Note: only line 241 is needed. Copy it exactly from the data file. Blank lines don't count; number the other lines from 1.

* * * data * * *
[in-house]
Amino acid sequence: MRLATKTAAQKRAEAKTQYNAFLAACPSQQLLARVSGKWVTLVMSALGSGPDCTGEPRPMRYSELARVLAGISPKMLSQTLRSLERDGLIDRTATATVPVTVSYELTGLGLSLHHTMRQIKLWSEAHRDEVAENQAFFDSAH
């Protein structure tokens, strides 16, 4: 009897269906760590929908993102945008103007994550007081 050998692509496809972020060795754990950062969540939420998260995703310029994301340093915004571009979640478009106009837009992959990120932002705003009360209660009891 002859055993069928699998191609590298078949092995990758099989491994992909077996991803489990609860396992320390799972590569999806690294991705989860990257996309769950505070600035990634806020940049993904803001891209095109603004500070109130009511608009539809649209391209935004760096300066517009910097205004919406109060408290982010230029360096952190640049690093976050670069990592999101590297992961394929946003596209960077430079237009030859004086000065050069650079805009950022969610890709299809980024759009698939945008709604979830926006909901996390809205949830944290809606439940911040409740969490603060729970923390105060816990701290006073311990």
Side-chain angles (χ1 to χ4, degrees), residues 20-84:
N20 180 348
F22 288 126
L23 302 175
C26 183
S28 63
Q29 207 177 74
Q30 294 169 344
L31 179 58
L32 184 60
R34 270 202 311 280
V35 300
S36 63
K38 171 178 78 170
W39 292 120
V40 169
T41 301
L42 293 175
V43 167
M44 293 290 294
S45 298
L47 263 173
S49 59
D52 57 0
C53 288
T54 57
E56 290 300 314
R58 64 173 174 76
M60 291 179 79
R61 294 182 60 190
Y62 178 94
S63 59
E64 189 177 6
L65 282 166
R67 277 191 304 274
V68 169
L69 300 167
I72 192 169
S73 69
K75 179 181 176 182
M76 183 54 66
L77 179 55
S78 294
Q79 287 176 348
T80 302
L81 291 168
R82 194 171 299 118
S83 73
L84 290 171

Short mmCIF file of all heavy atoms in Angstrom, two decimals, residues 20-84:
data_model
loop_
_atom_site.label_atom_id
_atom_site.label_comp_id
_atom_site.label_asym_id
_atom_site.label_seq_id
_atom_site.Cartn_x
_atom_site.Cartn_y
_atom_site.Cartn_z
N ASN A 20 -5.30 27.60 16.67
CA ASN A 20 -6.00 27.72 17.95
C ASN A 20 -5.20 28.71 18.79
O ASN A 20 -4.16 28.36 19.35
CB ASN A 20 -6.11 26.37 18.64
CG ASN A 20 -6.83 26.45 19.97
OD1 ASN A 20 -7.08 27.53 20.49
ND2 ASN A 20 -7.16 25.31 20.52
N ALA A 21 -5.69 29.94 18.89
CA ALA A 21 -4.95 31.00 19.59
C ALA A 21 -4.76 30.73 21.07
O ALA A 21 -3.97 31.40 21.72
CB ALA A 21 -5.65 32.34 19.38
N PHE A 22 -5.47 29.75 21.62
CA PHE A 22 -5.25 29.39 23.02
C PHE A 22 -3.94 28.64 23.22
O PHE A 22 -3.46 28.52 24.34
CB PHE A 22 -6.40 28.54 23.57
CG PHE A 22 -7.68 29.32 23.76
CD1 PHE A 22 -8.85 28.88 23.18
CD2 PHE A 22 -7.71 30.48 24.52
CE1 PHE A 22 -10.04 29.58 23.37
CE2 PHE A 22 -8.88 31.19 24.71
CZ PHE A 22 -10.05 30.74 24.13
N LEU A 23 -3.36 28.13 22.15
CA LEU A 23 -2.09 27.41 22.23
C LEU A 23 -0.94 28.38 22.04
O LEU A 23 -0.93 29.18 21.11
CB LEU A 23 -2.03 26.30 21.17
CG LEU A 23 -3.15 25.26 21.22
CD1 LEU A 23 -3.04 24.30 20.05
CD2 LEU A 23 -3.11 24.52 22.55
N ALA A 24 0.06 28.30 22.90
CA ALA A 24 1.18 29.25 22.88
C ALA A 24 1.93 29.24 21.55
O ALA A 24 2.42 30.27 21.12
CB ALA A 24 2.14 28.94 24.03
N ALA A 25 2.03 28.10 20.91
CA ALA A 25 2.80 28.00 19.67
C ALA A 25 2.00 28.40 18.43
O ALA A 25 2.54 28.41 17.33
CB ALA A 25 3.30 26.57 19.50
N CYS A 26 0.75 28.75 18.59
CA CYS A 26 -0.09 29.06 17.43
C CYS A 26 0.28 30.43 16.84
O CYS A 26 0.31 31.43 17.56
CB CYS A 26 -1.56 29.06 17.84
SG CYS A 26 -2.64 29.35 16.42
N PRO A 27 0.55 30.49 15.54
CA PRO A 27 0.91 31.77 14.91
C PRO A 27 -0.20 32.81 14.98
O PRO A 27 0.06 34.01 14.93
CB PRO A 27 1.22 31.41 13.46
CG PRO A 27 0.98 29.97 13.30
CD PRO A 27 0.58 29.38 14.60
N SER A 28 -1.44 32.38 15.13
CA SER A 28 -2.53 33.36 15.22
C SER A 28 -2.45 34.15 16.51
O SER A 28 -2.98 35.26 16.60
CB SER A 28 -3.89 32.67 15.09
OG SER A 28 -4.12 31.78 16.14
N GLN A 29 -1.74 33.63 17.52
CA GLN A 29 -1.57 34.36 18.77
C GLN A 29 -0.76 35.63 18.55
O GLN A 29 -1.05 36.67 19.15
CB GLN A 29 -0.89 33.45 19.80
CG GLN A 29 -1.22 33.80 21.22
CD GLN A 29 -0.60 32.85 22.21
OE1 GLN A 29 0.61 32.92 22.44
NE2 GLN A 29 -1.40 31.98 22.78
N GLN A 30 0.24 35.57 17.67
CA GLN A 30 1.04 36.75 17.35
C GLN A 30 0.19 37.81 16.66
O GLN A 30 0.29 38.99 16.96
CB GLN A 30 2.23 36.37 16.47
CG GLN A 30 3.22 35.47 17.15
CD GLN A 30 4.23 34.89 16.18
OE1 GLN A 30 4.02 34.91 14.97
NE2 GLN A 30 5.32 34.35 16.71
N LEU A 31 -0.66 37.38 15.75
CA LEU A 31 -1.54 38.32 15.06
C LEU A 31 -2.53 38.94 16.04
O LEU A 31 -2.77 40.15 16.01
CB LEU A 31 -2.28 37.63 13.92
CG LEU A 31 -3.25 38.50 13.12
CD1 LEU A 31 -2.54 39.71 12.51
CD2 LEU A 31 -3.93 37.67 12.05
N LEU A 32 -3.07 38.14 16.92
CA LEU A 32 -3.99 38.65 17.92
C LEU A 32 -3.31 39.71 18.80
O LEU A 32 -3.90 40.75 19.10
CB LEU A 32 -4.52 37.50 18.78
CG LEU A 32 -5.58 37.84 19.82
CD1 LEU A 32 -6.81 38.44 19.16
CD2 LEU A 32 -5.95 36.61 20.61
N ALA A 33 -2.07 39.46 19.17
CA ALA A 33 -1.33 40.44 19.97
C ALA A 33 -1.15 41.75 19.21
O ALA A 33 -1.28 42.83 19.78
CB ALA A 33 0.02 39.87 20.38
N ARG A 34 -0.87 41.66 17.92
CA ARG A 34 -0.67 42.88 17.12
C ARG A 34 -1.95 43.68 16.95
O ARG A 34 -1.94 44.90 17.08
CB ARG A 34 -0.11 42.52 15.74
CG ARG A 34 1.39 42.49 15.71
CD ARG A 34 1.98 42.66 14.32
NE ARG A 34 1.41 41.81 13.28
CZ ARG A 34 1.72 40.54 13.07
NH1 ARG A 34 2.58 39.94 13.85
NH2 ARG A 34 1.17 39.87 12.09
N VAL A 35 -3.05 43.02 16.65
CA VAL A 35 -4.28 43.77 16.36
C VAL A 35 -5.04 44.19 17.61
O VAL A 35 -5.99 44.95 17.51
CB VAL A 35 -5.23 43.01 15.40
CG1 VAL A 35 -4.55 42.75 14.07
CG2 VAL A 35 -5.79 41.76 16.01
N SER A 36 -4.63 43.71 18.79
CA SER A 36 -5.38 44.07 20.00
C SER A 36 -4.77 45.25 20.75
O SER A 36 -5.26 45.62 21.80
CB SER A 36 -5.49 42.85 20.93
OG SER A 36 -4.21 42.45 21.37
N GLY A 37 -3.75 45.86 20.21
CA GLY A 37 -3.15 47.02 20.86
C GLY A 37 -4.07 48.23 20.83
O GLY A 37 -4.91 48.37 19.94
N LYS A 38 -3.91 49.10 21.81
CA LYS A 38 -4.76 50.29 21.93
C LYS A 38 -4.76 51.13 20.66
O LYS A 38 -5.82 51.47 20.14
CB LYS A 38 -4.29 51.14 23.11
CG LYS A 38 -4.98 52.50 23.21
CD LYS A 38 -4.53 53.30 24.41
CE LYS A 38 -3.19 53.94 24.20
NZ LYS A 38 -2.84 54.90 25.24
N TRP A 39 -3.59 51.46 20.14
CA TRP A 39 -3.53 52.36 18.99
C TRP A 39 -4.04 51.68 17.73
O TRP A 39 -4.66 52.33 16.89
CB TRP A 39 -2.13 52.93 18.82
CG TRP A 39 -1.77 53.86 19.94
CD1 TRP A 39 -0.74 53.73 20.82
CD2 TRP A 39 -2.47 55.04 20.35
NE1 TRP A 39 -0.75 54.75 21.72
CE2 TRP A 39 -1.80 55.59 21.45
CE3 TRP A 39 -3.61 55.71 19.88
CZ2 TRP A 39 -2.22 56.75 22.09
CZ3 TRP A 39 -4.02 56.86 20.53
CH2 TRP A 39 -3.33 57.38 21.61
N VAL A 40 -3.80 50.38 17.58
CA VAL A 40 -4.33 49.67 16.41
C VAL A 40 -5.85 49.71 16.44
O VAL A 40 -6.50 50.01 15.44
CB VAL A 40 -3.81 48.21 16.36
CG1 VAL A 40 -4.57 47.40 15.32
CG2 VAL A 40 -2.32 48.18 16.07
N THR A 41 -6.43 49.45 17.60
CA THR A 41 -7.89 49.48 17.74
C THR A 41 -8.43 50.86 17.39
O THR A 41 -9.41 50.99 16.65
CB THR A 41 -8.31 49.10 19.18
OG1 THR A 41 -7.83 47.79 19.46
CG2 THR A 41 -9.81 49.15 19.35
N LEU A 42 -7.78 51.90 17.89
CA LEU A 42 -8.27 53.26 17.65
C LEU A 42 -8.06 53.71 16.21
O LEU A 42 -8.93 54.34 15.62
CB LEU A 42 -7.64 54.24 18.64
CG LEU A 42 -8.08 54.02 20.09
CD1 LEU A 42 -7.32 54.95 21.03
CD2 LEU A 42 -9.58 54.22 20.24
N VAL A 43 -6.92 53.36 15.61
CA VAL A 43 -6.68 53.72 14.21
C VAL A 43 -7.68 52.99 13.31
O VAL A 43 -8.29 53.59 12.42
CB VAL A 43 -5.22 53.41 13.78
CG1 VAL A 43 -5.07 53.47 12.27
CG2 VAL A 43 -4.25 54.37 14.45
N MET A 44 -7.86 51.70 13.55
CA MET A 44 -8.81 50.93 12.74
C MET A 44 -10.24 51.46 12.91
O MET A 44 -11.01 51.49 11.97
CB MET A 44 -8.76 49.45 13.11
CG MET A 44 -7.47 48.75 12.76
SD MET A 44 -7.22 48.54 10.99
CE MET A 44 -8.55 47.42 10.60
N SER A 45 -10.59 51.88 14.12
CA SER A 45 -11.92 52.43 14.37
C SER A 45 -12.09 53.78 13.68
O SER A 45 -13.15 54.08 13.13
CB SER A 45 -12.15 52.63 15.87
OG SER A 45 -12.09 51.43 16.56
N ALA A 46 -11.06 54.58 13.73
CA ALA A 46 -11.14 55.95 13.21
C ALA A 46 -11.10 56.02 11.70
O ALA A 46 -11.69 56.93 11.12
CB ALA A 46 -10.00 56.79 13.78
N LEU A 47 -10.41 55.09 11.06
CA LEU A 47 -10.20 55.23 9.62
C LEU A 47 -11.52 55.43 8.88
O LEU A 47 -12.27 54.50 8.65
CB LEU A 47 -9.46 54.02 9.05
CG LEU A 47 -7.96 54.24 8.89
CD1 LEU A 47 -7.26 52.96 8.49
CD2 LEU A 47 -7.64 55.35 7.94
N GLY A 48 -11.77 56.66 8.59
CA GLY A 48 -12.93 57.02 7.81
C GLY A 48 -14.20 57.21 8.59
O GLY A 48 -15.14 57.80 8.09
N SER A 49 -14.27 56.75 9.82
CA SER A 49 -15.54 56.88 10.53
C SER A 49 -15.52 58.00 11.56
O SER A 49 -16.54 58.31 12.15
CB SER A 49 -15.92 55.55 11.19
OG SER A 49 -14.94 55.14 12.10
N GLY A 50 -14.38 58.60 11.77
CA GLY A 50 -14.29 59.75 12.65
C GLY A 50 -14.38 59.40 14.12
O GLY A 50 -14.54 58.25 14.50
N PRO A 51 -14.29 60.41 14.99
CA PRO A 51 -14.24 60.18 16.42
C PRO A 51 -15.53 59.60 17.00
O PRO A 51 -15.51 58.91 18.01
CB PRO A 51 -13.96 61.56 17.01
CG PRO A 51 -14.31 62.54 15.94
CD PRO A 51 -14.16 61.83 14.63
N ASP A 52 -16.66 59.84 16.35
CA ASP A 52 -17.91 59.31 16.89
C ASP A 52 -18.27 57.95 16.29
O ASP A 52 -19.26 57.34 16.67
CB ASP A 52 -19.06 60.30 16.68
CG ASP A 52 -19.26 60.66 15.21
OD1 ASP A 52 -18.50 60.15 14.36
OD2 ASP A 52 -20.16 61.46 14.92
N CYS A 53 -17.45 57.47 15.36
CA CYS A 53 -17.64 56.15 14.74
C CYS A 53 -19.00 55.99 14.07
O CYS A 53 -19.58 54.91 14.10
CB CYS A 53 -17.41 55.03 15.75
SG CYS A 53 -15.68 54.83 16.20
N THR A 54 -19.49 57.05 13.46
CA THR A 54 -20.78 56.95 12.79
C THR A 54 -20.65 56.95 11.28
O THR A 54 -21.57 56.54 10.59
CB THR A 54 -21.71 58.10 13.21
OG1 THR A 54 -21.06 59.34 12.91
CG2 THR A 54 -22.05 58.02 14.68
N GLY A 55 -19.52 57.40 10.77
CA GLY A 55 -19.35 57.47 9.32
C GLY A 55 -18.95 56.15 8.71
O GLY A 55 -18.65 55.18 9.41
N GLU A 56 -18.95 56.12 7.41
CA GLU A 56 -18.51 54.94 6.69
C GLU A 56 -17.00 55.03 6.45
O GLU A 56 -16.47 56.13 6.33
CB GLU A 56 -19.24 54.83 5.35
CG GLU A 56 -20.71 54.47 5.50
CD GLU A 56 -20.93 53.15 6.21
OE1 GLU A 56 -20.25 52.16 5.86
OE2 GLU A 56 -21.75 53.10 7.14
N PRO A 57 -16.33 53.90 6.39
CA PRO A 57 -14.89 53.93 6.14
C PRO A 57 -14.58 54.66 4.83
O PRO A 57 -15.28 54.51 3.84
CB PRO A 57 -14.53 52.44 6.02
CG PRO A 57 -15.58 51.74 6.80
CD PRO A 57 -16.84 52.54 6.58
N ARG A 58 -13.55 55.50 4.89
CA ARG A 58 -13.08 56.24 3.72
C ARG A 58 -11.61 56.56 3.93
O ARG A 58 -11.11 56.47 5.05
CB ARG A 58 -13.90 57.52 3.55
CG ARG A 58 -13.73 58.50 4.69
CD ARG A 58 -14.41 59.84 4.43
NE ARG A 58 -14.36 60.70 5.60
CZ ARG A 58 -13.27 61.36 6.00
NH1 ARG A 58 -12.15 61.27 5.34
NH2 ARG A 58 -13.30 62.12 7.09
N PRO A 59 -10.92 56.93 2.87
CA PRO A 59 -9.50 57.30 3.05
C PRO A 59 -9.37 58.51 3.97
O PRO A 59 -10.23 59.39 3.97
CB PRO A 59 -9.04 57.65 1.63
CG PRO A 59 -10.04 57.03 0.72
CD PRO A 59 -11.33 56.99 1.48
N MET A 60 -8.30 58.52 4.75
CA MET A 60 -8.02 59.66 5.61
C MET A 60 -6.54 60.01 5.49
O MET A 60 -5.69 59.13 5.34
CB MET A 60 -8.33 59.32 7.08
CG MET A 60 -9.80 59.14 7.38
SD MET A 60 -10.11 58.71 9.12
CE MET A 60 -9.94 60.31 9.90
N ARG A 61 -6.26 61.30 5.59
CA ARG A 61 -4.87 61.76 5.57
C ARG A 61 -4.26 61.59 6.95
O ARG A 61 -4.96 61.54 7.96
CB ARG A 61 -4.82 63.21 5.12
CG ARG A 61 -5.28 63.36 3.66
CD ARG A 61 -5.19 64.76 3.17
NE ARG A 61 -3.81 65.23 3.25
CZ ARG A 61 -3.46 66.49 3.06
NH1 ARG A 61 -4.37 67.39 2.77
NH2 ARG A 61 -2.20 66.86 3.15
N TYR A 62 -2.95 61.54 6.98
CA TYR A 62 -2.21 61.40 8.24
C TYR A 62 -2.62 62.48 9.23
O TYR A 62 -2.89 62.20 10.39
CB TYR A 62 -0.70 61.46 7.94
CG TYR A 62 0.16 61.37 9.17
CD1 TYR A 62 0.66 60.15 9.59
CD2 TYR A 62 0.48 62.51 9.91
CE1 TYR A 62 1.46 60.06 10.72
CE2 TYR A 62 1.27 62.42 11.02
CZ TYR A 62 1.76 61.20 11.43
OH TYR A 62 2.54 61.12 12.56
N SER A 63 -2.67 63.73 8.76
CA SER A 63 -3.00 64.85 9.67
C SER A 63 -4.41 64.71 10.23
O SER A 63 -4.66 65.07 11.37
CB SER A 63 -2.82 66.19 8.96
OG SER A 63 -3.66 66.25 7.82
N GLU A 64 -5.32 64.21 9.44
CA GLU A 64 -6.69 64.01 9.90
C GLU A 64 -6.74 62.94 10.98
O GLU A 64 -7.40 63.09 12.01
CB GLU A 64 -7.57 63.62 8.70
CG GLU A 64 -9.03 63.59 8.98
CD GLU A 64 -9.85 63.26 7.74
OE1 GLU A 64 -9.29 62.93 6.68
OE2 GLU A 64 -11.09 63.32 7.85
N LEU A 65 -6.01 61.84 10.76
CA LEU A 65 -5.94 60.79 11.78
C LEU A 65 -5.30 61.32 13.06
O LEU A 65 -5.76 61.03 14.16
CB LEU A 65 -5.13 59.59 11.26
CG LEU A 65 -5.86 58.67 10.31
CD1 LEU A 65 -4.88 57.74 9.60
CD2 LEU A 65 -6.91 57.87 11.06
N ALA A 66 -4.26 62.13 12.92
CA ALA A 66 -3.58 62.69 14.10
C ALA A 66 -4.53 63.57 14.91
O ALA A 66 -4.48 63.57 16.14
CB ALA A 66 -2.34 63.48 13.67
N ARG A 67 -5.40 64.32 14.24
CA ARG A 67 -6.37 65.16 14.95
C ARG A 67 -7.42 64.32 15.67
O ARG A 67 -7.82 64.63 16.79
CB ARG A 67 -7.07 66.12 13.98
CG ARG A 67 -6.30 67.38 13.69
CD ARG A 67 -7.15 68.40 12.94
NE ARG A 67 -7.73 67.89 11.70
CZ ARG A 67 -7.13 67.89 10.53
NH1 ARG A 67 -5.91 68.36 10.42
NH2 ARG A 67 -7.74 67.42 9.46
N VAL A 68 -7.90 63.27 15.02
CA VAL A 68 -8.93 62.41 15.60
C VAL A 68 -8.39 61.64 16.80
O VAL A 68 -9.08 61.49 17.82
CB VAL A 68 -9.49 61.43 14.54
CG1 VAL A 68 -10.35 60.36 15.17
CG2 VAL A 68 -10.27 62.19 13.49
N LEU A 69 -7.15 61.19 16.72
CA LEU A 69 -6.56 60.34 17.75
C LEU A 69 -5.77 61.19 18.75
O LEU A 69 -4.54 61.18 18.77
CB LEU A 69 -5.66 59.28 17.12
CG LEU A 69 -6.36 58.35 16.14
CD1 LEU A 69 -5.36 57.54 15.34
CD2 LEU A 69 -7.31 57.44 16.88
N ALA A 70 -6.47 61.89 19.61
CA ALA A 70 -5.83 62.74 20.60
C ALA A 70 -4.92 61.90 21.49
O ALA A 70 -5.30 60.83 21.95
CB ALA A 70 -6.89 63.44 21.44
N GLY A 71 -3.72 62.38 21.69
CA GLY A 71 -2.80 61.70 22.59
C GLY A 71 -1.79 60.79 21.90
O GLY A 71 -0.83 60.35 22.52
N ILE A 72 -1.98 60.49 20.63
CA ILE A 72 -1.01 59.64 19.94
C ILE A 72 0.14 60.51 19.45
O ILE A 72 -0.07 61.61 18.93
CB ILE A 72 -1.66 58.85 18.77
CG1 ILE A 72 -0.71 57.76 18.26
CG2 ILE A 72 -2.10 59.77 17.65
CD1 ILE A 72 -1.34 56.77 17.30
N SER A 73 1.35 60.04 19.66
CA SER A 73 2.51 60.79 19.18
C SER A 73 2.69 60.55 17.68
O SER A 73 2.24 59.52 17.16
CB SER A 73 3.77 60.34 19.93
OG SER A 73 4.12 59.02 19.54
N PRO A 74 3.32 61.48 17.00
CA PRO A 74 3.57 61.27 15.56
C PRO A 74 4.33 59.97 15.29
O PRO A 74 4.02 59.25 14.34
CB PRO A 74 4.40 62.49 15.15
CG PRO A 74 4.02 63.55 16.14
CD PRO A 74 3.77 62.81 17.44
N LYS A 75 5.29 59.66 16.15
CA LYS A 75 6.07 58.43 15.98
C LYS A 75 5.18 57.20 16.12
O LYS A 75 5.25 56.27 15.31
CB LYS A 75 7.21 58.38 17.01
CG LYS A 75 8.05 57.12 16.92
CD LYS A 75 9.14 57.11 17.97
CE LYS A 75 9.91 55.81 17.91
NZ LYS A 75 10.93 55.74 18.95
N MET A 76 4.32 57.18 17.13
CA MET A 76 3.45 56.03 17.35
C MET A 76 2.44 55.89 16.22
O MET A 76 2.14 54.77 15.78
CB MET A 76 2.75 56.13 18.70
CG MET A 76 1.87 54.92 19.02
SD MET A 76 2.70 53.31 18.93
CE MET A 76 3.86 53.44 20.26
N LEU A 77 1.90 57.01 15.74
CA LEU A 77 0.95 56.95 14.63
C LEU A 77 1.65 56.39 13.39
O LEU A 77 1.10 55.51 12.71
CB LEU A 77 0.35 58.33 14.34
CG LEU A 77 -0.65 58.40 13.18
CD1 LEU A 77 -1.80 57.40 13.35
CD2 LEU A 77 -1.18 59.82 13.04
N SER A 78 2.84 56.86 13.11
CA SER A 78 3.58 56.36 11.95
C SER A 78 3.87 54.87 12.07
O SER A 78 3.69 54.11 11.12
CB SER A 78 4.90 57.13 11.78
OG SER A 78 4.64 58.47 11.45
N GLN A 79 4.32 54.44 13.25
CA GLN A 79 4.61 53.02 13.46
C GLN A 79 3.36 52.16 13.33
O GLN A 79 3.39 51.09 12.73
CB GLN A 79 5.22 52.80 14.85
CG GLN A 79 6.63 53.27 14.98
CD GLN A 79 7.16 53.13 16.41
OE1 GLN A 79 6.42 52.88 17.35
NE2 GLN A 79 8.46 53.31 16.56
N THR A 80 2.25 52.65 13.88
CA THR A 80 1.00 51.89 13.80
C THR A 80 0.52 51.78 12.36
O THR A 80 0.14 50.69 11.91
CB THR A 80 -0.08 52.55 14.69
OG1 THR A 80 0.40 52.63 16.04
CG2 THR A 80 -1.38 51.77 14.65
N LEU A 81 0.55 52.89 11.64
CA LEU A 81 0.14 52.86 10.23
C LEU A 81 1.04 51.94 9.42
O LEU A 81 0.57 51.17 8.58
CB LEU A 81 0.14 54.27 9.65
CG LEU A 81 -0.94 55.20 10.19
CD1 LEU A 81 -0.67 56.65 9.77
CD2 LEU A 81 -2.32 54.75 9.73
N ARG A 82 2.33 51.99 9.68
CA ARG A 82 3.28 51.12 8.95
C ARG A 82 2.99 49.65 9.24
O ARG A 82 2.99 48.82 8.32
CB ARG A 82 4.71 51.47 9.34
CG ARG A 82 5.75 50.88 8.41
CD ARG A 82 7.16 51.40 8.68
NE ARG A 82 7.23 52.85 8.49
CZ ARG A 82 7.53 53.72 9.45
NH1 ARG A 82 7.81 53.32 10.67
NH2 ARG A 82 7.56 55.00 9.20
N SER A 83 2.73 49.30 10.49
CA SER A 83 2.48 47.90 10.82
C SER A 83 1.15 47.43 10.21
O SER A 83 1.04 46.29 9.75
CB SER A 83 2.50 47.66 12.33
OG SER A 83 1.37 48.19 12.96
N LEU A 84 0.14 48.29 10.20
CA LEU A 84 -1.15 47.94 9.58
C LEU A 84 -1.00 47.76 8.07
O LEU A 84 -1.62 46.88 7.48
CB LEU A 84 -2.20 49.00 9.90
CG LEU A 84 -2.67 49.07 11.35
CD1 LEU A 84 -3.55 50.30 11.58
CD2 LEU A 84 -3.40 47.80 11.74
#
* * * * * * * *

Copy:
CG1 VAL A 43 -5.07 53.47 12.27